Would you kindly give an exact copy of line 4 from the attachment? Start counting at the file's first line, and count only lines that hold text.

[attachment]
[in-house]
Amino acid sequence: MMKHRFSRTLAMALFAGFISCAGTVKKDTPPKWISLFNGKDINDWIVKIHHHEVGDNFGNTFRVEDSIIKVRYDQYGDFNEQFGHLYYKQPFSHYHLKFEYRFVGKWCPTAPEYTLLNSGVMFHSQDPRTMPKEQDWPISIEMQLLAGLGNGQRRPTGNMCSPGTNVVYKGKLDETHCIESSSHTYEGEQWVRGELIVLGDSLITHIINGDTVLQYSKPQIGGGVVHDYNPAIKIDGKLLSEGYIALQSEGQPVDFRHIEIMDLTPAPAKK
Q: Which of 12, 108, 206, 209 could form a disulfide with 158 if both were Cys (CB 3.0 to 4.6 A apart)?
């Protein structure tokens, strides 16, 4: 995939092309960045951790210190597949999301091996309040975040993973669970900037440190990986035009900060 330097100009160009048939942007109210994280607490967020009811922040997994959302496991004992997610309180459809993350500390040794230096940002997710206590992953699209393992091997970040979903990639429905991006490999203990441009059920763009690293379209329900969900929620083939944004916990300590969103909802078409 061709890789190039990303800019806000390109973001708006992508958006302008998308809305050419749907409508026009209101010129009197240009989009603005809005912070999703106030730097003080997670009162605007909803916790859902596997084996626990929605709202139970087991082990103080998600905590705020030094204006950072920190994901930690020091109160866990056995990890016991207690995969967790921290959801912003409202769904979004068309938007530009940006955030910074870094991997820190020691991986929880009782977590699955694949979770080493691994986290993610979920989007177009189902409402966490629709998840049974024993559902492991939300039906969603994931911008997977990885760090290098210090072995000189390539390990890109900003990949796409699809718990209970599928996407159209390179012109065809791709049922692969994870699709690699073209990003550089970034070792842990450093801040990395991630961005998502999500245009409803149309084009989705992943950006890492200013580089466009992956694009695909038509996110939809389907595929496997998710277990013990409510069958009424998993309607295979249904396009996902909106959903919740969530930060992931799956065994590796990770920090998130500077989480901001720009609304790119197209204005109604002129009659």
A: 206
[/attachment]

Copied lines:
């Protein structure tokens, strides 16, 4: 995939092309960045951790210190597949999301091996309040975040993973669970900037440190990986035009900060 330097100009160009048939942007109210994280607490967020009811922040997994959302496991004992997610309180459809993350500390040794230096940002997710206590992953699209393992091997970040979903990639429905991006490999203990441009059920763009690293379209329900969900929620083939944004916990300590969103909802078409 061709890789190039990303800019806000390109973001708006992508958006302008998308809305050419749907409508026009209101010129009197240009989009603005809005912070999703106030730097003080997670009162605007909803916790859902596997084996626990929605709202139970087991082990103080998600905590705020030094204006950072920190994901930690020091109160866990056995990890016991207690995969967790921290959801912003409202769904979004068309938007530009940006955030910074870094991997820190020691991986929880009782977590699955694949979770080493691994986290993610979920989007177009189902409402966490629709998840049974024993559902492991939300039906969603994931911008997977990885760090290098210090072995000189390539390990890109900003990949796409699809718990209970599928996407159209390179012109065809791709049922692969994870699709690699073209990003550089970034070792842990450093801040990395991630961005998502999500245009409803149309084009989705992943950006890492200013580089466009992956694009695909038509996110939809389907595929496997998710277990013990409510069958009424998993309607295979249904396009996902909106959903919740969530930060992931799956065994590796990770920090998130500077989480901001720009609304790119197209204005109604002129009659």